| During last night's vice presidential debate, moderator Martha Raddatz asked a great question: whether people who are pro-choice should be worried if Romney is elected. And as if we weren't scared already, Paul Ryan played into our deepest fears.
Ryan explained that he has an anti-choice stance based in "reason and science." And in support of his dedication to reason and science, he explained that he's Catholic and his child was shaped like a bean while in the womb. Sentimental, but not exactly peer reviewed. And then he tore into Obamacare for undermining religious liberties by forcing coverage of contraception. It seemed like a generic Religious Right response, but let's unpack it a bit.
This week a study confirmed that providing free contraception lowers abortion and teen pregnancy rates. From the New York Times:
"Free birth control led to greatly lower rates of abortions and births to teenagers, a large study concludes, offering strong evidence for how a bitterly contested Obama administration policy could benefit women's health... Women's health specialists said the study foreshadows the potential impact of the new health care law, in which millions of women are beginning to get contraceptives without a co-payment." And yet these are the kinds of services now available for the first time through the Affordable Care Act that the Romney-Ryan ticket is seeking to end. Romney and Ryan clearly want to make sure that it's the government that prevents you from having an abortion. Because they don't want women to have the tools to prevent it themselves.
Unfortunately, this far-right stance is a recent development for Romney. As with health care and many other issues, Romney was pretty moderate when he was in the nice progressive state of Massachusetts. In a 2002 gubernatorial debate, he said, "I will preserve and protect a woman's right to choose. I am not going to change our pro-choice laws in Massachusetts in any way. I am not going to make any changes which would make it more difficult for a woman to make that choice herself."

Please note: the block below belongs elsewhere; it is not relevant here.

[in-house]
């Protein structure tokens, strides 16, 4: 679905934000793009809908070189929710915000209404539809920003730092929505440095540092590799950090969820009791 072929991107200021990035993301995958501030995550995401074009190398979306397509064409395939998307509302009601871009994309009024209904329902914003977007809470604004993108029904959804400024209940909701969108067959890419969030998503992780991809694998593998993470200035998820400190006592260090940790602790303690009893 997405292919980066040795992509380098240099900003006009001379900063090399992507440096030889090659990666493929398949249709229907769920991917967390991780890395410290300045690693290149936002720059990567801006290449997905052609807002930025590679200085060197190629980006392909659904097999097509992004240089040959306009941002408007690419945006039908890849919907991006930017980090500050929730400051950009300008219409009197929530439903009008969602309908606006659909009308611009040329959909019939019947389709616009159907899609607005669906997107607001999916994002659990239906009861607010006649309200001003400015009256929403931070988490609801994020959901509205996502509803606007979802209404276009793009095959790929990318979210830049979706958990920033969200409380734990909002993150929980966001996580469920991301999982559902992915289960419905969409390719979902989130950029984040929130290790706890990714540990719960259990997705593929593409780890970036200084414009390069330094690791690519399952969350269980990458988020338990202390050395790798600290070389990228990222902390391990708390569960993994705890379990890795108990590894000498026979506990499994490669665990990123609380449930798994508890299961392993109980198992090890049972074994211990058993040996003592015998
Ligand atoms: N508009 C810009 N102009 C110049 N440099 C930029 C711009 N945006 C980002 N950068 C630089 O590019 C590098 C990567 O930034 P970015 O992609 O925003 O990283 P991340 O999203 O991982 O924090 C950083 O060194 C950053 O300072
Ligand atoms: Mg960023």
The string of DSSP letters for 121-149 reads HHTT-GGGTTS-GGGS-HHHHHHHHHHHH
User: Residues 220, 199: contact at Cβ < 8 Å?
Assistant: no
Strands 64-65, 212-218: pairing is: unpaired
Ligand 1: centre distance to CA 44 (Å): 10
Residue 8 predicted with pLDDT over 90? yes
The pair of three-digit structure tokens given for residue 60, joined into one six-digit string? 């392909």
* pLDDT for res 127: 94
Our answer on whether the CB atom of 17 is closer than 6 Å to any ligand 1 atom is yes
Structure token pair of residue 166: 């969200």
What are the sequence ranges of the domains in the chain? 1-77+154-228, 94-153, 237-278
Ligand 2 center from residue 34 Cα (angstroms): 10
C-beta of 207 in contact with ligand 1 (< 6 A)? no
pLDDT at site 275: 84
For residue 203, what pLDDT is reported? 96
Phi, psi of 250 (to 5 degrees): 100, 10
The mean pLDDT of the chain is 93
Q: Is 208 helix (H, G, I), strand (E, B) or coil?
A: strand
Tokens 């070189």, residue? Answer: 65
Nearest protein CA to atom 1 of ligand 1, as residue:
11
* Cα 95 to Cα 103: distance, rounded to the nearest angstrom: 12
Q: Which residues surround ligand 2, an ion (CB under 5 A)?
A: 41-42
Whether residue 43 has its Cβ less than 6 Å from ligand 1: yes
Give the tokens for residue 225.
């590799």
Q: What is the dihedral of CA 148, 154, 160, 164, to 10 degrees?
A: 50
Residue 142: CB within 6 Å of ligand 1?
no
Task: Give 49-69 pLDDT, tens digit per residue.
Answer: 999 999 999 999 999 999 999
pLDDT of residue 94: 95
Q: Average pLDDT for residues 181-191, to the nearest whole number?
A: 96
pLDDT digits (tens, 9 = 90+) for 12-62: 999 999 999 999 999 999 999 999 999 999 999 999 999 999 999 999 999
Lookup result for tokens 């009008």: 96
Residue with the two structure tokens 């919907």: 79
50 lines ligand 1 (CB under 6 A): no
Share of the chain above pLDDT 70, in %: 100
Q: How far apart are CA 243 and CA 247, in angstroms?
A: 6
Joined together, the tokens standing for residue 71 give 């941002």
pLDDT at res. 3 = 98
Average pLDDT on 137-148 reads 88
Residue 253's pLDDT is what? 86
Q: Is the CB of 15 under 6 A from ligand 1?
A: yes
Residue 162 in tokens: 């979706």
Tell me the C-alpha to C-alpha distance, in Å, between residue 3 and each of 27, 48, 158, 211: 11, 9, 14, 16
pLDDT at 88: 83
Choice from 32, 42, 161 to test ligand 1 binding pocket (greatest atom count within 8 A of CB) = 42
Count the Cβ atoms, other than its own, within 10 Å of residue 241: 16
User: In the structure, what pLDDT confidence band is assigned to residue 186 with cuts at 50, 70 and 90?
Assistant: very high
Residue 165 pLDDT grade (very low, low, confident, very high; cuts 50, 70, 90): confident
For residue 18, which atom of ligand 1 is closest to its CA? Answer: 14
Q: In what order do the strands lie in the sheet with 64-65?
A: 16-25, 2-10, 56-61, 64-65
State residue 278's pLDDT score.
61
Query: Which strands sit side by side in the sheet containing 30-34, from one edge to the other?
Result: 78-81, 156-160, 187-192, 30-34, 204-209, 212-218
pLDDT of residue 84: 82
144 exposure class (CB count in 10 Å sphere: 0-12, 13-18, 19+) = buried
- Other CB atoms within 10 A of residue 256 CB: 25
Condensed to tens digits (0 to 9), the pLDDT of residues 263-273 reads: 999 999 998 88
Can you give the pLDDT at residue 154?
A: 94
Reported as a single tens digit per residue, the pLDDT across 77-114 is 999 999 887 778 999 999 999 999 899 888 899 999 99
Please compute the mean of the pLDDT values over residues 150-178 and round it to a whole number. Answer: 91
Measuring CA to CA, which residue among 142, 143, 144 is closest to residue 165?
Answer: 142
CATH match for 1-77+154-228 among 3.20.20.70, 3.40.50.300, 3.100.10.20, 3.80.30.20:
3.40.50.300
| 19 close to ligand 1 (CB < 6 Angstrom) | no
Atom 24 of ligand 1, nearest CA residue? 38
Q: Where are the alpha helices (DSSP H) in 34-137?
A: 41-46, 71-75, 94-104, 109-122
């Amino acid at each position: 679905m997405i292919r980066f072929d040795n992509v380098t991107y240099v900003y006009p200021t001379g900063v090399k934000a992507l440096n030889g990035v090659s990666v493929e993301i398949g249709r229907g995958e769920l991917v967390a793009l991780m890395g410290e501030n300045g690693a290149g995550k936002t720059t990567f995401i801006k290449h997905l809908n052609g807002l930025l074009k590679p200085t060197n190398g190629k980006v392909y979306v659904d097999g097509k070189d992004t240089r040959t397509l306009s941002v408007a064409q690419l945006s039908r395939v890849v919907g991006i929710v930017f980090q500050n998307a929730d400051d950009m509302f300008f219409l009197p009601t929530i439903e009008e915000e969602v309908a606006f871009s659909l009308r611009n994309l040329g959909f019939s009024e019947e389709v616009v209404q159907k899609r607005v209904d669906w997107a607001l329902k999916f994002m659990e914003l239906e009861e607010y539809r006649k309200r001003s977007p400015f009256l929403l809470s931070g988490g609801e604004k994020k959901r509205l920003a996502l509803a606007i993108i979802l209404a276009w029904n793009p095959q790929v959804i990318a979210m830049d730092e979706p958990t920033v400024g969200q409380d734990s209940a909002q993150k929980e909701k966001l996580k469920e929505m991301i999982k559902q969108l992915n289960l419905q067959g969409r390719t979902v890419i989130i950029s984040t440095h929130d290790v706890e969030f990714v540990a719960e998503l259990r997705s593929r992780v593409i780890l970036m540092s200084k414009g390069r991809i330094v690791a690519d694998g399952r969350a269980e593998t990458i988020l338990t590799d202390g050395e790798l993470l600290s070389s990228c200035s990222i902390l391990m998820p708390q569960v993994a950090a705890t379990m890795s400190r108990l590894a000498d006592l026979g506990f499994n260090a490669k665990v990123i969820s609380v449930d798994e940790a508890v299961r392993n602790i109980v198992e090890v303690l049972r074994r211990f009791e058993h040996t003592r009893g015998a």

Things took a quick turn for the worse when he got national ambitions. Running for president in the last election, he said in a 2007 debate that he had "changed his mind," wanted to overturn Roe v. Wade, and would be "delighted" to sign a bill as president that would outlaw abortion. And he kicked it up a notch in this campaign, pledging to cut Planned Parenthood funding and saying he would support a Constitutional amendment banning abortion.
And now that he has right-wing lunatics as his base, he's decided to add one to his ticket. Ryan has out-done his anti-choice peers by opposing abortion even in the cases of rape and incest. And he has made it clear that even Romney's anti-choice platform is something he's "comfortable" with, but clearly a step to the left for him. He has even compared abortion to slavery. From Salon:
"In a 2010 speech called 'The Cause of Life Can't be Severed From the Cause of Freedom, Ryan compared the Supreme Court's Roe v. Wade abortion decision to its Dred Scott v. Sandford decision, which sanctioned slavery. 'Twice in the past the U.S. Supreme Court - charged with being the guardian of rights - has failed so drastically in making this crucial determination that it 'disqualified' a whole category of human beings, with profoundly tragic results,' Ryan said. The first, he said, was Scott, and the second was Roe, 'when the Supreme Court made virtually the identical mistake' it had made in the slavery case." Well, except one of the decisions denied people freedom, and one of them gave them control over their bodies.
So props to Martha Raddatz for reminding America that beyond jobs and Libya, there's a lot at stake in this election. We have a choice in this election, but with a Romney-Ryan victory, some of our most importance choices may disappear.